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Helen Lee Schifter Explaining Environment and Human Health

Helen Lee Schifter

Helen Lee Schifter

Relationships between human health and the environment are at the heart of many of today’s most difficult ethical concerns. How should pesticides, chemical products, and pollutants be regulated? according to Helen Lee Schifter. Should genetically modified organisms be developed for use in agriculture, medical, and energy production? How should they be regulated? Should genetically engineered mosquitos be used to combat mosquito-borne diseases like malaria and the Zika virus? How can we ensure that our food supply is safe? What should we do to combat antibiotic resistance? Where should a new solid waste facility be built in a community? Where should a country’s hazardous or radioactive waste be stored?

What precautions should we take to keep people safe at work? Should pregnant or fertile women be given additional employment protections? When creating housing regulations, how should we strike a balance between safety and affordability? Should people be prohibited from constructing homes in flood-prone areas? What actions should we take to reduce or adapt to the effects of climate change? Should affluent countries have a greater share of the blame than impoverished nations? To protect the environment and human health, how should we govern energy production and use? Should we take initiatives to foster democratic participation in decisions on environmental health? Environmental health ethical concerns are frequently complex, interdisciplinary, dynamical, and global in scale as per Helen Schifter. As the environmental repercussions of human activities continue to increase and we understand more about the connection between human health and the environment, finding satisfying information on the environmental health concerns will become highly important.

  • The Science Behind it

Clean air, potable water, nutritious food, and safe housing options are all dependent on their environs for the energy and resources needed to maintain life. Improvements in longevity have been attributed to greater access to these essentials for most of human history. Agricultural production, sanitation, water purification, and hygiene advancements have had significantly greater impacts on human health than telemedicine as told on Helen Lee Schifter. Although the environment is necessary for human survival, it can also be a source of sickness. Human mortality is exacerbated by a lack of fundamental necessities. Cancer, cardiovascular disease, asthma, and a variety of other disorders are all made more likely by environmental factors. Physical risks, such as pollution, poisonous chemicals, and food toxins, or social perils, such as hazardous labor, poor living conditions, urban development, and starvation, are examples. Infectious disorders such as schistosomiasis, diarrhea, cholera, meningitis, and gastritis are caused by contaminated drinking water and poor sanitation and hygiene as per information available on Helen Lee Schifter. In 2015, around 350,000 children under the age of five died from diarrheal infections caused by polluted drinking water mainly in the poor world, and roughly 1.8 billion individuals drank feces-infected water. Over 2 billion people did not have access to basic sanitation.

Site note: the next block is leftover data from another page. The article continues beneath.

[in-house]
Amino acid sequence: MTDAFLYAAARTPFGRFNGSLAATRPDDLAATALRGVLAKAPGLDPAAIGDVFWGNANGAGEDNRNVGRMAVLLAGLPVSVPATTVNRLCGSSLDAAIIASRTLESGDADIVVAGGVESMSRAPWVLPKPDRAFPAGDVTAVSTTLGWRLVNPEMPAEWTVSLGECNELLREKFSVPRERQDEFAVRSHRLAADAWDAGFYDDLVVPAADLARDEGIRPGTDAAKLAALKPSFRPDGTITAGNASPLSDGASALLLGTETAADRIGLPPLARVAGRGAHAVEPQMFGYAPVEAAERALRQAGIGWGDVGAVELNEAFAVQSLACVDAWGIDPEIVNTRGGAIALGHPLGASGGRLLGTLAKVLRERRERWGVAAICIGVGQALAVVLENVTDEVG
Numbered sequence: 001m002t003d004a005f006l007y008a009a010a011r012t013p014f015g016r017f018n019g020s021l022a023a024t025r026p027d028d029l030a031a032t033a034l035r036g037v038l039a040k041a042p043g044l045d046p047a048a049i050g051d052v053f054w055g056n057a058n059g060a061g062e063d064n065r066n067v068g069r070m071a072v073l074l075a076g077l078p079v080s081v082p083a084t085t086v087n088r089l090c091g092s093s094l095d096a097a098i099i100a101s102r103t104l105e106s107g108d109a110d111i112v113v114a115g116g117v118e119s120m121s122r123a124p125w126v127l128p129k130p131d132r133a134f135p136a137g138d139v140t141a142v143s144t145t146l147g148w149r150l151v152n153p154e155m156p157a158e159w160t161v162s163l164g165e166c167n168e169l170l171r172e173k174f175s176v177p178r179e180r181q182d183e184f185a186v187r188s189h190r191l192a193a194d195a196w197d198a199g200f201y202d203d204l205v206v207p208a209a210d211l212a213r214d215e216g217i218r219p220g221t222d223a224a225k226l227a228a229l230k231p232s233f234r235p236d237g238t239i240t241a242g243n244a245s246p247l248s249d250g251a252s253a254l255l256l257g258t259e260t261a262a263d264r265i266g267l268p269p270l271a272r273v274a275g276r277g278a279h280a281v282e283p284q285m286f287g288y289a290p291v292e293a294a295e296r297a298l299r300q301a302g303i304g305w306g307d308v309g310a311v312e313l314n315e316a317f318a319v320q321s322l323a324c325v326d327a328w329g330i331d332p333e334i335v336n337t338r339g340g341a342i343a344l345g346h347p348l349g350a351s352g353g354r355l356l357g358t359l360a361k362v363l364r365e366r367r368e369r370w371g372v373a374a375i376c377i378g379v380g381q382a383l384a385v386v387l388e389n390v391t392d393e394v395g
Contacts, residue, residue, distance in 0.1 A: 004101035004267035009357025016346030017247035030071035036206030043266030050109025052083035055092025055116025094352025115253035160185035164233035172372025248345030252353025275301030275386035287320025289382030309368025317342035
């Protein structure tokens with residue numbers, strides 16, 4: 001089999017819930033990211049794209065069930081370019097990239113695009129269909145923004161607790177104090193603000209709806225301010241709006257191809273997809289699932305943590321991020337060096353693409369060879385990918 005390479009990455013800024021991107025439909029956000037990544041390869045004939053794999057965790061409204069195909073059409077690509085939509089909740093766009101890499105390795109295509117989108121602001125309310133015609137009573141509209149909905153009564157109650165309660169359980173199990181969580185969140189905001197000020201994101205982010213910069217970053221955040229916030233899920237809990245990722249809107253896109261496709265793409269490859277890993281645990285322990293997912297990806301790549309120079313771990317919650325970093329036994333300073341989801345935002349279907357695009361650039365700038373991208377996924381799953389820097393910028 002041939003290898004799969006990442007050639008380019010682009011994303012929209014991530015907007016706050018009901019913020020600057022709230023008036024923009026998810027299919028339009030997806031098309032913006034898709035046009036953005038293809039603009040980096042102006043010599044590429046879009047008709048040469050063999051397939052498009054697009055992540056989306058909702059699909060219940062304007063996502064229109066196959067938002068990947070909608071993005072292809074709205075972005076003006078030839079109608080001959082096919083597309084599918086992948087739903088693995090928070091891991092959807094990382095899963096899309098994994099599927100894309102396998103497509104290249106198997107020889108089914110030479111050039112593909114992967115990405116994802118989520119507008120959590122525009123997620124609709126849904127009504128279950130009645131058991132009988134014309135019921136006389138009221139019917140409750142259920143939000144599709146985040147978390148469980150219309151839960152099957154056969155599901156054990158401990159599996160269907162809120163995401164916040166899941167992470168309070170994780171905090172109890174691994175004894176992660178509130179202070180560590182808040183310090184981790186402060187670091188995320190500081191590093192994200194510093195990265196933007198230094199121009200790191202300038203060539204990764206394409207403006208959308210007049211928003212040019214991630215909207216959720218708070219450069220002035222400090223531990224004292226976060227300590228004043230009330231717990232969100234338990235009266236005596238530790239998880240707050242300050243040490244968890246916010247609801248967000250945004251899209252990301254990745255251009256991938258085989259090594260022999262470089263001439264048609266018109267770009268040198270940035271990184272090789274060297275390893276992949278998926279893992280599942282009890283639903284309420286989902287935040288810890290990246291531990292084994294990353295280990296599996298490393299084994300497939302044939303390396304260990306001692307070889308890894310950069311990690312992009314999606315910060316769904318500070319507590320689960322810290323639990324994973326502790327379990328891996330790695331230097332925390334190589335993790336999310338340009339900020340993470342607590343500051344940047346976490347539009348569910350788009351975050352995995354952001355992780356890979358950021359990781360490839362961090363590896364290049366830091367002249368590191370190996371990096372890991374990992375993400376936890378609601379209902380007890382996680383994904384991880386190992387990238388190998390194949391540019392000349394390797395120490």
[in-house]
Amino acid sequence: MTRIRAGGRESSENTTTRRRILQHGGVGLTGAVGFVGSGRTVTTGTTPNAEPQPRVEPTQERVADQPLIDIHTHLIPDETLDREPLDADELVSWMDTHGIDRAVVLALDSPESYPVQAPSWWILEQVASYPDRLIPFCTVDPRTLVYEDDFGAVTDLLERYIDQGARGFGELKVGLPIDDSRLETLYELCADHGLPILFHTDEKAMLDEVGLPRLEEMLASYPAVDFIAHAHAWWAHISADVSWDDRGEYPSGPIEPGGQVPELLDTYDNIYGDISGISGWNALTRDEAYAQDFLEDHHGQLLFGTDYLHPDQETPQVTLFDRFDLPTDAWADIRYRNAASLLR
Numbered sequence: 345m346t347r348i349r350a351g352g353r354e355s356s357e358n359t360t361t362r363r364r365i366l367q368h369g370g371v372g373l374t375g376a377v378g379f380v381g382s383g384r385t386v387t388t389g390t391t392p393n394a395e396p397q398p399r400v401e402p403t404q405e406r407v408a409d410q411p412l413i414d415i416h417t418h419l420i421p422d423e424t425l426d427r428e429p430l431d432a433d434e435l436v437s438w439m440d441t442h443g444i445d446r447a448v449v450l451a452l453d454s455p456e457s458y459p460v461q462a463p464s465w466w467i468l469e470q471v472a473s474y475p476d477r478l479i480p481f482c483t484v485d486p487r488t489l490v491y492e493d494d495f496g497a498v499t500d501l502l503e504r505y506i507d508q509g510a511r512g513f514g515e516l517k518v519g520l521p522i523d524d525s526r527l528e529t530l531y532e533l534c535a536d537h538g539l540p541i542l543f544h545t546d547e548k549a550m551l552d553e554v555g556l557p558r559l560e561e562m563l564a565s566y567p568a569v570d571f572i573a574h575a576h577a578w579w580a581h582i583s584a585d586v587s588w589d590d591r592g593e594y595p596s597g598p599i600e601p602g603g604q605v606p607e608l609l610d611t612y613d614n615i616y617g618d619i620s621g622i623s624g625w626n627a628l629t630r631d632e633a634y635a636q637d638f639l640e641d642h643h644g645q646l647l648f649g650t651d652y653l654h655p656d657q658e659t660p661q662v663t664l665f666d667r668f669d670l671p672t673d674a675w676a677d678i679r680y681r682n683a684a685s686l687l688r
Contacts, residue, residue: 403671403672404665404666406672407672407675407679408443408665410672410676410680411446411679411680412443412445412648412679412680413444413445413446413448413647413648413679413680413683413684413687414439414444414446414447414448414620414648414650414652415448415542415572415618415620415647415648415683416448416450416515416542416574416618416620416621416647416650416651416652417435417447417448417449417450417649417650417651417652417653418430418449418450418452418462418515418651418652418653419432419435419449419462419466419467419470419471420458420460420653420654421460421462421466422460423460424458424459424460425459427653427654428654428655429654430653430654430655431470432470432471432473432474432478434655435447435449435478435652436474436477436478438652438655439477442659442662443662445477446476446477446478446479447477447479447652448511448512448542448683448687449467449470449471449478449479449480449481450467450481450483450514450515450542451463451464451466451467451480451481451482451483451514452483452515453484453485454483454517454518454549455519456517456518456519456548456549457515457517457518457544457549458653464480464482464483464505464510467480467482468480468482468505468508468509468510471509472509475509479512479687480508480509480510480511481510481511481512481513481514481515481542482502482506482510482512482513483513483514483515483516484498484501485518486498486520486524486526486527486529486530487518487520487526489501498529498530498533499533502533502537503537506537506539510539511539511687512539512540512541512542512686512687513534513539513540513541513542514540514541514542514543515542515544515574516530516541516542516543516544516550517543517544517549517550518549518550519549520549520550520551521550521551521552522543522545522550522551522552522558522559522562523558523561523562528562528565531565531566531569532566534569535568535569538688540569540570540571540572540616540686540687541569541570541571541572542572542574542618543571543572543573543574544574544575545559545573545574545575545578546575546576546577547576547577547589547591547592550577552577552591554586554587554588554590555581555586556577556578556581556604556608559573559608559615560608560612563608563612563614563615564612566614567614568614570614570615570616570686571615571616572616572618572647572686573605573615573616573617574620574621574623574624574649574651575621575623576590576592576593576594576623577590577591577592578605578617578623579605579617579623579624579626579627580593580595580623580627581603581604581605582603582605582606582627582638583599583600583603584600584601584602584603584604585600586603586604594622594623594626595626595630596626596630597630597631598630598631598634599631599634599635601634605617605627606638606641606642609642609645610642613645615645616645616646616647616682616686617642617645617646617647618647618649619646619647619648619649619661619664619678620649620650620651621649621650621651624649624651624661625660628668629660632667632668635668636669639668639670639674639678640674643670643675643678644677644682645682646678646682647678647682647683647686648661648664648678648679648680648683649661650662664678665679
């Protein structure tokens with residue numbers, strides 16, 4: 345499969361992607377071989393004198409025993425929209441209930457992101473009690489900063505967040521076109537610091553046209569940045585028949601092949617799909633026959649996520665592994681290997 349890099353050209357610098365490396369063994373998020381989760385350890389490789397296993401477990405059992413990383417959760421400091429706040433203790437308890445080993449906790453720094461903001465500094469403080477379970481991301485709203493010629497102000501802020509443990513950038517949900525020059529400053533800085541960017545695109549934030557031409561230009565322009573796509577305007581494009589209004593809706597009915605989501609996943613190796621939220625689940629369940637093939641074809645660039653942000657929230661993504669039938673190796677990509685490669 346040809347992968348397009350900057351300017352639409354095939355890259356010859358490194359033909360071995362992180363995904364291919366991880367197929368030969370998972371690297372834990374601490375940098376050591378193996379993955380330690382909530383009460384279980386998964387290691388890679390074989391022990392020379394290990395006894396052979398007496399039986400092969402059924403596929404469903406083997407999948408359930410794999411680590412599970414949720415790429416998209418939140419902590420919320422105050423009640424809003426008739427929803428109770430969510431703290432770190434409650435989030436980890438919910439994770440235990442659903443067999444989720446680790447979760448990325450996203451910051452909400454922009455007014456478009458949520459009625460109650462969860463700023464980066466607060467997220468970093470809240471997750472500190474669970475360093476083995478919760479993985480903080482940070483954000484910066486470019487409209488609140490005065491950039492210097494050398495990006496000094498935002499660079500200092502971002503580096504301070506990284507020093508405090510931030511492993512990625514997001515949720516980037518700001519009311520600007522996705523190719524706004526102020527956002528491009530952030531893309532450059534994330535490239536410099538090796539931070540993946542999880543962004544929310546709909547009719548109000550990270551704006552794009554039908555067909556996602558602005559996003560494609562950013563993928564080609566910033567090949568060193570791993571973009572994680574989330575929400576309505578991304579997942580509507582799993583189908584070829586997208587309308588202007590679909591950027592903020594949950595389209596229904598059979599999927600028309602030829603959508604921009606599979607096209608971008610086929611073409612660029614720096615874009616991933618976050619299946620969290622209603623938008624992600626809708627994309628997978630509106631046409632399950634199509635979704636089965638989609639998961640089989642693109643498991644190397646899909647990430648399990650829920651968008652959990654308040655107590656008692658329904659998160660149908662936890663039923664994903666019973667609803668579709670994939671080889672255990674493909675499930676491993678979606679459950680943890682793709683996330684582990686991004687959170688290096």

• Various Consideration

Human-environment relationships create a slew of ethical, social, and legal quandaries by asking people to choose either available alternatives. The following categories can be used to categorize these concerns according to Helen Lee Schifter. Managing the advantages and dangers Many of the concerns at the crossroads of health and the environment revolve around the management of benefits and hazards. Pesticides, for example, play a vital function in enhancing crop yields while also posing health and environmental risks. Alternatives to pesticide use result in health trade-offs. Stopping the use of all pesticides would have a substantial impact on agricultural output, resulting in food shortages and higher food costs, which would exacerbate hunger in some regions of the world. To improve crop yields while avoiding harm to the environment and human nutrition, public health authorities have chosen to control pesticide use. Energy production and consumption are necessary for human survival, but they can also pose risks to human health and the environment, such as environmental problems, oil spills, and habitat degradation.

No problem necessitates more careful consideration of benefits and hazards than global warming. The human generation of greenhouse gases is responsible for a large portion of global climate change. Climate change would almost certainly impair the environment and human health, but reducing greenhouse gas emissions dramatically could have negative effects on global, national, and local economies, resulting in a general fall in human health and health care. Increased taxes on fossil fuels, for example, would drive higher fuel economy and lower carbon dioxide emissions, and it would also raise transportation costs, resulting in widespread inflation and diminished consumer purchasing power.